Thursday, September 10, 2009

Head Coverings in Church

Here's an email exchange you might find helpful.

Hey Mark, I recently attended my home church's retreat at _____. During one of the meetings, I was wearing a hat. Not thinking anything of it, I had to go to the bathroom. When I was done, I headed back into the meeting when an elder stop me, and asked if I had heard the Holy Spirit talking to me. Confused and not knowing how to respond, he told me that the holy spirit was telling me that I needed to take off my hat while in the the presence of God. I quickly apologized, removed my hat and submitted to his authority.

My church has always held true to 1 Corinthians 11 in following what it says about woman wearing head coverings and men hats.

So my question is: Why is this teaching not common in a majority of churches today? How do we respond to this?

Here's my response, a quote from Grudem's Systematic Theology:

"Just as God the Father has authority over the Son, though the two are equal in deity, so in marriage, the husband has authority over the wife, though they are equal in personhood. In this case, the man's role is like that of God the Father, and the woman's role is parallel to that of God the Son. They are equal in importance, but they have different roles. In the context of 1 Corinthians 11:2-16, Paul sees this as a basis for telling the Corinthians to wear the different kinds of clothing appropriate for the men and women of that day, so that the distinctions between men and women might be outwardly evident in the Christian assembly. (footnote: The fact that head coverings were the kind of clothing that distinguished women from men in first century Corinth meant that Paul directed the women to wear head coverings in church. But this does not mean that women should wear head coverings in societies where that is not a distinctive sign of being a woman. The contemporary applications would be that women should dress to look like women and men should dress to look like men, in whatever form those clothing patterns are expressed in each society: Paul is not in favor of unisex clothing!) Systematic Theology by Wayne Grudem, pp 459-460. See also Thomas R. Schreiner, "Head Coverings, Prophecies and Trinity: 1 Corinthians 11:2-16," in Recovering Biblical Manhood and Womanhood, pp 124-139.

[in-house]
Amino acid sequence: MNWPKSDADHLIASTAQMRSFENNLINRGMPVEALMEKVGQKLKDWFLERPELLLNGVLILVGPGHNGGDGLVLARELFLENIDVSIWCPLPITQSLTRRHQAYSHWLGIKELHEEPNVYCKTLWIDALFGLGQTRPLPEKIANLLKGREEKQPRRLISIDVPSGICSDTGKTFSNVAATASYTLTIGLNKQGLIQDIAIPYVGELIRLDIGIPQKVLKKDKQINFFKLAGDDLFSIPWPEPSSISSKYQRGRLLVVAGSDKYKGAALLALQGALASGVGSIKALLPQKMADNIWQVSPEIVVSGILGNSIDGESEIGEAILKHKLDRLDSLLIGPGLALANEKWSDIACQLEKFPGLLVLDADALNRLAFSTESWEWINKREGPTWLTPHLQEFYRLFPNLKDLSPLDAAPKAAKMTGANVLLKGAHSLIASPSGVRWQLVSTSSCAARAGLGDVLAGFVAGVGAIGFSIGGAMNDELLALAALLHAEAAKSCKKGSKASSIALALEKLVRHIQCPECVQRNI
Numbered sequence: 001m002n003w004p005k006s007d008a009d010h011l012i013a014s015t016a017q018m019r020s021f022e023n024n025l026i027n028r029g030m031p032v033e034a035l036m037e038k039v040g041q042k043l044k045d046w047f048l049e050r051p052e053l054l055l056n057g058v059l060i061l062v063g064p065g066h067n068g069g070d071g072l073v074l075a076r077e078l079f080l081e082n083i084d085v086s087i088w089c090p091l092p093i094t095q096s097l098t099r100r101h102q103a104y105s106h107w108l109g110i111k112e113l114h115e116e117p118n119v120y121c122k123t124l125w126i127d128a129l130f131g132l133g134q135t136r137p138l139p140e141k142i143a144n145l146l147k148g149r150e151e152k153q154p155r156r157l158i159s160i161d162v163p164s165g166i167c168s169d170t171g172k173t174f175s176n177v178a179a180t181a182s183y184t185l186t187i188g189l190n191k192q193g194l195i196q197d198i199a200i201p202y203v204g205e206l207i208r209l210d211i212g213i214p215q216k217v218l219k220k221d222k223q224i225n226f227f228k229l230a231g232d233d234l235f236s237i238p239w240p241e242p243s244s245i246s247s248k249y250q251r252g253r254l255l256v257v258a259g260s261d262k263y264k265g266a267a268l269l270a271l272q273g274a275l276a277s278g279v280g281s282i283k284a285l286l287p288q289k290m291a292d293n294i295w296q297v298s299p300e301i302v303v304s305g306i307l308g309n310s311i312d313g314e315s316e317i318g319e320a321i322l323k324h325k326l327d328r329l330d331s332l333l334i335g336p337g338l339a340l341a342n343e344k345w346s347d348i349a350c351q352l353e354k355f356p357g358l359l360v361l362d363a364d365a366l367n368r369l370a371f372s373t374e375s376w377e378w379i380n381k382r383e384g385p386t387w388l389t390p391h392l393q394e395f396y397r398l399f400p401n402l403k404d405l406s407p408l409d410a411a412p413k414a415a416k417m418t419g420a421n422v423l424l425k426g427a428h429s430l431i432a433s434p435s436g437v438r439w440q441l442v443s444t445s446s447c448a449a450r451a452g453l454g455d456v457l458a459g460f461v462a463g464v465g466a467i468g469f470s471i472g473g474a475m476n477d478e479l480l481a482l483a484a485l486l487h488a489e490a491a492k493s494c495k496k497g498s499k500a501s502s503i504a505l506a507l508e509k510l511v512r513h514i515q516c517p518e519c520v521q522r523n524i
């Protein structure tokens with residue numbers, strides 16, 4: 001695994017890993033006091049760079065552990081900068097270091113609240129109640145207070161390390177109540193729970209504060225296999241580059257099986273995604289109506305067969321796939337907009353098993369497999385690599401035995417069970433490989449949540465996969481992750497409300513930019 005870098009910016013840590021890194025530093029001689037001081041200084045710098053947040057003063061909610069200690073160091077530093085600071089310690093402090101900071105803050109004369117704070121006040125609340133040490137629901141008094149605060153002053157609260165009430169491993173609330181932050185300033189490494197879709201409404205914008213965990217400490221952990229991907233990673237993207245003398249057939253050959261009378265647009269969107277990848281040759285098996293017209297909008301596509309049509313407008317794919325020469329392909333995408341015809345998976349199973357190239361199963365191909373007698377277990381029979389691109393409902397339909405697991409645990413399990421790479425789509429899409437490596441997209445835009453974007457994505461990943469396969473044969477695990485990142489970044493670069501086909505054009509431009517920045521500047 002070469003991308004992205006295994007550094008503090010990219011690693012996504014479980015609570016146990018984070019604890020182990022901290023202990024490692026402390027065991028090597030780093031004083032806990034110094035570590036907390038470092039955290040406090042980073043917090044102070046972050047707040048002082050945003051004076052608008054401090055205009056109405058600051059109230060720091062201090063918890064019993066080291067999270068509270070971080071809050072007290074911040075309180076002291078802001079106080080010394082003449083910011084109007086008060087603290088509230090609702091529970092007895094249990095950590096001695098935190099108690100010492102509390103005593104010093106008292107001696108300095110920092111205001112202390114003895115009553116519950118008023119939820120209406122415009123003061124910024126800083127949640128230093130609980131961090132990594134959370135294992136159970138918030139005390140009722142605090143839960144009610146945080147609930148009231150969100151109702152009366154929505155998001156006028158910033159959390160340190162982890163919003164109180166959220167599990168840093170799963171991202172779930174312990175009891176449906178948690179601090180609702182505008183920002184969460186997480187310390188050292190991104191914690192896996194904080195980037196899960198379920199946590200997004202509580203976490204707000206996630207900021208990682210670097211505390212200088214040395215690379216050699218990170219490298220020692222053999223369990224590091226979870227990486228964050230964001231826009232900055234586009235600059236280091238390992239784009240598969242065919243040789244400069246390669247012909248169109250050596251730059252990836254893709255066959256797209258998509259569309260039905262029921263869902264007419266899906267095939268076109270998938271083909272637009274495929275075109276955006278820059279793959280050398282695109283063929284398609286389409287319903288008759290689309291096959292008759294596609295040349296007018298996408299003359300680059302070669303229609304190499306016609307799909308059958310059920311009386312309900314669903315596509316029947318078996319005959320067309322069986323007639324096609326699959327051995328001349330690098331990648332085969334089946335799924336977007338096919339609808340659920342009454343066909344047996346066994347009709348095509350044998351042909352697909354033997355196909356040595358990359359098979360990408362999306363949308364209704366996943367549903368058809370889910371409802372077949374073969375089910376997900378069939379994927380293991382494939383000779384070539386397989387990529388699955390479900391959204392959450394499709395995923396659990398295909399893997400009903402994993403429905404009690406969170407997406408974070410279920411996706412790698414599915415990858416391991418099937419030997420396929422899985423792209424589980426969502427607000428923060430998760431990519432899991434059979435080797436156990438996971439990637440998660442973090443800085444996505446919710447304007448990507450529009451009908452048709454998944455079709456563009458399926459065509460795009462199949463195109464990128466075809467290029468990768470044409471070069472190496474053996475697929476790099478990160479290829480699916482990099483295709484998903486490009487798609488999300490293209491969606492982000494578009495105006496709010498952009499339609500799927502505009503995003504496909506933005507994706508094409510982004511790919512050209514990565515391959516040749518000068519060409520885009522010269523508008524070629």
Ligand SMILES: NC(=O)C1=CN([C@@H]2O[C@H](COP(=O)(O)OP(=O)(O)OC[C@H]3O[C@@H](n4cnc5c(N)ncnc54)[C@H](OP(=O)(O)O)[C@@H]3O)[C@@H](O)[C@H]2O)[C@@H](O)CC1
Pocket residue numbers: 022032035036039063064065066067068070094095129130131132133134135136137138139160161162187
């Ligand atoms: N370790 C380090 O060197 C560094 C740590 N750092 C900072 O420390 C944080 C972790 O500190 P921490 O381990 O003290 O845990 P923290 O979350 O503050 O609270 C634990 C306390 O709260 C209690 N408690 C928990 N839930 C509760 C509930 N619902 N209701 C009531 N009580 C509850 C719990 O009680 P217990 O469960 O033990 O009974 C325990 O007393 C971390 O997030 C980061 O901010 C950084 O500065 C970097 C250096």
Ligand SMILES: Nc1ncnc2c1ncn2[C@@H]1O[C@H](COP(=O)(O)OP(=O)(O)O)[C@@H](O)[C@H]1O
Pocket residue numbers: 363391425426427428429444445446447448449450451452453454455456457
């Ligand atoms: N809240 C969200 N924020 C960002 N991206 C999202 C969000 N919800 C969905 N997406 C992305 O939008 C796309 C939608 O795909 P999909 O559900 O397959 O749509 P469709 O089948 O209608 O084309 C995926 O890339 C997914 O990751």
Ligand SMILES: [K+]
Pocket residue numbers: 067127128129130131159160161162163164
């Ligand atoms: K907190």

1 comment:

Chris said...

According to verses 14 and 15, I'm in real trouble:

"Does not even nature itself teach you that if a man has long hair, it is a dishonor to him, but if a woman has long hair, it is a glory to her?"

I'm glad I don't live in Corinth.